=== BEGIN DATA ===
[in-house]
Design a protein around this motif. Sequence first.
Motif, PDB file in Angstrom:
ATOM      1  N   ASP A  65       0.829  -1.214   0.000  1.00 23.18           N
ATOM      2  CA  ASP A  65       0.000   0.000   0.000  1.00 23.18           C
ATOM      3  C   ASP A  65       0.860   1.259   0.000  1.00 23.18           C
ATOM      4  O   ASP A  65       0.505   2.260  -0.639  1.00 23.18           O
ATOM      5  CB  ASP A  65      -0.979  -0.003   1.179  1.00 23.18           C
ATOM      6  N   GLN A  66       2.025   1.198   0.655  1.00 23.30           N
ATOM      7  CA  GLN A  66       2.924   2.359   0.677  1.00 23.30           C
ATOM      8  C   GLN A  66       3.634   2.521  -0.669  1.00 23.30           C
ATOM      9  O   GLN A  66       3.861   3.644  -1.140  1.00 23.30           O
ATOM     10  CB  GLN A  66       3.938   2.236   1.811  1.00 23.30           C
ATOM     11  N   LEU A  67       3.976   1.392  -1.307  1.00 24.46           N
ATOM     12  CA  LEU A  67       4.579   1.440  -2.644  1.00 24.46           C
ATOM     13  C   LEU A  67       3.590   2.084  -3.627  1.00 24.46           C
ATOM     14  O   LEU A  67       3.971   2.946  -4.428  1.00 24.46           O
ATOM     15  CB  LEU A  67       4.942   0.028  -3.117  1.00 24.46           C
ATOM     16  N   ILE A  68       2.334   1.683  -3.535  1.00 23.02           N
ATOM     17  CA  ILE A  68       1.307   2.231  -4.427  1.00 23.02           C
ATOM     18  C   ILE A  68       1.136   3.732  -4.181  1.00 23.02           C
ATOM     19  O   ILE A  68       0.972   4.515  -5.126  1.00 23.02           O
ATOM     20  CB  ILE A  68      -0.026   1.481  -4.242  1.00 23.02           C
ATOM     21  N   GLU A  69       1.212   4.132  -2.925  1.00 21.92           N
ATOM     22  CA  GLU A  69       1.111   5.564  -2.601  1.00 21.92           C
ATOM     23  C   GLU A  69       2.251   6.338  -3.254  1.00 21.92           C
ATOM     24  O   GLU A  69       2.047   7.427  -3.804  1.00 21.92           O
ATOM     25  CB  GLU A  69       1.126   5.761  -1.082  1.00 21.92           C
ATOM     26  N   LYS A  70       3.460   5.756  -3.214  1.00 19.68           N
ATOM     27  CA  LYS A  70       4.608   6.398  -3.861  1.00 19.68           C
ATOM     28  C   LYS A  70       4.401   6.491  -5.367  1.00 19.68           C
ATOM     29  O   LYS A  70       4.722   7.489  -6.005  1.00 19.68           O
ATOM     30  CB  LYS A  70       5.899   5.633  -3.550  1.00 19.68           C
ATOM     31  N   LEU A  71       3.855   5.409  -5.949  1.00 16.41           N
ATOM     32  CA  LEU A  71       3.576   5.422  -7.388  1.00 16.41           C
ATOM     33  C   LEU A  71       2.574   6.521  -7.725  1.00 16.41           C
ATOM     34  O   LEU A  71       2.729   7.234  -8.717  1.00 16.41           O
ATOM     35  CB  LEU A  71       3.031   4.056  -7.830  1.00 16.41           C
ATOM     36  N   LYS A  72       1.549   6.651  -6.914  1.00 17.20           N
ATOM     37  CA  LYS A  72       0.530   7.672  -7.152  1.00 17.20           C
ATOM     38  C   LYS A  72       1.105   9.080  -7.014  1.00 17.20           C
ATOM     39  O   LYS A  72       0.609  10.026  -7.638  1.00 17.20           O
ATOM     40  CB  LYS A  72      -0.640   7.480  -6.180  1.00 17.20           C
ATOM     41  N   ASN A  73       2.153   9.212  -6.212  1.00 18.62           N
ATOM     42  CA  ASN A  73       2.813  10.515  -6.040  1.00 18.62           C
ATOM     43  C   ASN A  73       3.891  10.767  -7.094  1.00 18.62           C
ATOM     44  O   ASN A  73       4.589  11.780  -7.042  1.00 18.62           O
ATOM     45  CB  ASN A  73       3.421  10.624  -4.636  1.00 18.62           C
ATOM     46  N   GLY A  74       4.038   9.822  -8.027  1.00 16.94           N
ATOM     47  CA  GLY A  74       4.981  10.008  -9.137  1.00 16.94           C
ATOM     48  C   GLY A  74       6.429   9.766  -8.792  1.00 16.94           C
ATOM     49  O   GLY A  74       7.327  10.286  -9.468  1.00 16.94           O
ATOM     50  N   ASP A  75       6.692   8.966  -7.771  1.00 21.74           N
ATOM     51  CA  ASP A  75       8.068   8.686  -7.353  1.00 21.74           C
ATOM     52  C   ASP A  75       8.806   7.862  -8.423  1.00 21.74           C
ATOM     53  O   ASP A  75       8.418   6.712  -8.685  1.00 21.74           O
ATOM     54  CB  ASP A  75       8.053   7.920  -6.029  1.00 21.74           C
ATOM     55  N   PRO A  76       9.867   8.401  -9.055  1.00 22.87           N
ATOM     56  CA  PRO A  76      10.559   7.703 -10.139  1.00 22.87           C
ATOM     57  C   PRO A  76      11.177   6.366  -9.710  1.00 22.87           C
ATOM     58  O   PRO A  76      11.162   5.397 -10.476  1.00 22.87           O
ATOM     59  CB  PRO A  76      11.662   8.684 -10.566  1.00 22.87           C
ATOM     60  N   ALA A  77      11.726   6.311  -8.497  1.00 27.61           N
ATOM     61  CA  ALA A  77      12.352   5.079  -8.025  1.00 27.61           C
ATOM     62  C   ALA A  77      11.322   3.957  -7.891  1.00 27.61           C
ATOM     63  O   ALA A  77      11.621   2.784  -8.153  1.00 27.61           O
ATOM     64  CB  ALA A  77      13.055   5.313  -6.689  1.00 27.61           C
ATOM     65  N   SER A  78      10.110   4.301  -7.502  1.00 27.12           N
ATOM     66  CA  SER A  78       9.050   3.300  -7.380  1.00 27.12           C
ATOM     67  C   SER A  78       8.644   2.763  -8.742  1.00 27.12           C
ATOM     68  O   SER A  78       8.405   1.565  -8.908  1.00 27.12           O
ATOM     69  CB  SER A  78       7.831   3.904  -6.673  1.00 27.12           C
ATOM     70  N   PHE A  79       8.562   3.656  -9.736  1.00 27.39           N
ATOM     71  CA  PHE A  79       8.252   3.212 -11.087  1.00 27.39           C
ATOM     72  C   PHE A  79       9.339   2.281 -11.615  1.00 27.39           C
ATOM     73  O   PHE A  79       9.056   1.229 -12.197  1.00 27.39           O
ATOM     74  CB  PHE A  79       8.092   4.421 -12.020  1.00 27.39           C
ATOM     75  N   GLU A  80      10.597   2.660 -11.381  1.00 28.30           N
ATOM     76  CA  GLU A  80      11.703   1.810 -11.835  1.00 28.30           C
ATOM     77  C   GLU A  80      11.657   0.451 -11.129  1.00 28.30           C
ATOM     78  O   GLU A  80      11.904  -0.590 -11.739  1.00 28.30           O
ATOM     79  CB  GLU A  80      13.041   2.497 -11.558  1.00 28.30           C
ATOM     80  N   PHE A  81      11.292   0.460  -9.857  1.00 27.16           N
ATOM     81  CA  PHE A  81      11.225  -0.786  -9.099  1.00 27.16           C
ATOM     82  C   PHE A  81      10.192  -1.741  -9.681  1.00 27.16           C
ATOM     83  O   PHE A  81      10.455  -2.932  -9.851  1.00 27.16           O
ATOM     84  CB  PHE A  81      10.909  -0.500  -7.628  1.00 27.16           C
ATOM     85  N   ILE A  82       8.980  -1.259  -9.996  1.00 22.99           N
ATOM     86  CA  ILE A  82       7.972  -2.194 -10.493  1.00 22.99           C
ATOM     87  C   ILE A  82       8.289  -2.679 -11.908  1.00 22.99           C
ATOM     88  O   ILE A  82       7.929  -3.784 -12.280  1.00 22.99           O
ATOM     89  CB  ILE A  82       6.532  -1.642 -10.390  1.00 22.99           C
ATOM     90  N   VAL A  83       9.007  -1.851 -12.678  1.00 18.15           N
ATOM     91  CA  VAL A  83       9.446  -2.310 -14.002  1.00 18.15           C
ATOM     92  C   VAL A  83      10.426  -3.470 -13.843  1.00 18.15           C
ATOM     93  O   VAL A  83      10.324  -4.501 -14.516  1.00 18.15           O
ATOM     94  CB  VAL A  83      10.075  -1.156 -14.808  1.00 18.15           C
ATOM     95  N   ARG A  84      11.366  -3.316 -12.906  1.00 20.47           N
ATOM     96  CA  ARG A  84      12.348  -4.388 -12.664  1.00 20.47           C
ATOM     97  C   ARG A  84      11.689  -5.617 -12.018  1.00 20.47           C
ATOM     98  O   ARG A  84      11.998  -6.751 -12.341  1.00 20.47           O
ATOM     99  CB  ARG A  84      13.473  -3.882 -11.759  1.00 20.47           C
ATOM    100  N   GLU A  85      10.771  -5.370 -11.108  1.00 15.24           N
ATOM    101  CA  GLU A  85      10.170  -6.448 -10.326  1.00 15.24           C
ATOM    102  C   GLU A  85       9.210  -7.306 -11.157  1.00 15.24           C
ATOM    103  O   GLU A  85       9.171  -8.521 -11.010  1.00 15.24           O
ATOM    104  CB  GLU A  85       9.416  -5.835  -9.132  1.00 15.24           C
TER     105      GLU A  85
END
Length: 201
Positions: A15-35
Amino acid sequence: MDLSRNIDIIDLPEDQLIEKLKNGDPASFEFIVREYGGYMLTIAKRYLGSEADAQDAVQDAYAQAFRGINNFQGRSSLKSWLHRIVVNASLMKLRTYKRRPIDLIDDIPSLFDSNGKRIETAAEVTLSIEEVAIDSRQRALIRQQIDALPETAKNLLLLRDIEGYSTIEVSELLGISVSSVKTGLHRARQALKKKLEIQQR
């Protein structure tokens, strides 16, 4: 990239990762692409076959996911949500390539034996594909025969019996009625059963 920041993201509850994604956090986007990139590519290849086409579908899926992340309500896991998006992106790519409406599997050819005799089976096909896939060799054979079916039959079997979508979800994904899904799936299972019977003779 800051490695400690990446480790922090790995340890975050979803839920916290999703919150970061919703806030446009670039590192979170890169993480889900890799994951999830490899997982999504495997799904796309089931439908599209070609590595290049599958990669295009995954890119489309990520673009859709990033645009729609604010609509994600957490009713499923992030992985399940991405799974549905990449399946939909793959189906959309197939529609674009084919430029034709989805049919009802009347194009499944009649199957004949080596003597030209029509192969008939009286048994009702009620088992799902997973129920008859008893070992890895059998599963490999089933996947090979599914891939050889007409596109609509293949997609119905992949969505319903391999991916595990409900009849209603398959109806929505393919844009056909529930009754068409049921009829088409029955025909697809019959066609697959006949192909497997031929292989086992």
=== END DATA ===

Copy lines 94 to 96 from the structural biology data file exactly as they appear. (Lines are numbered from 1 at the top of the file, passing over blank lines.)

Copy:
ATOM     91  CA  VAL A  83       9.446  -2.310 -14.002  1.00 18.15           C
ATOM     92  C   VAL A  83      10.426  -3.470 -13.843  1.00 18.15           C
ATOM     93  O   VAL A  83      10.324  -4.501 -14.516  1.00 18.15           O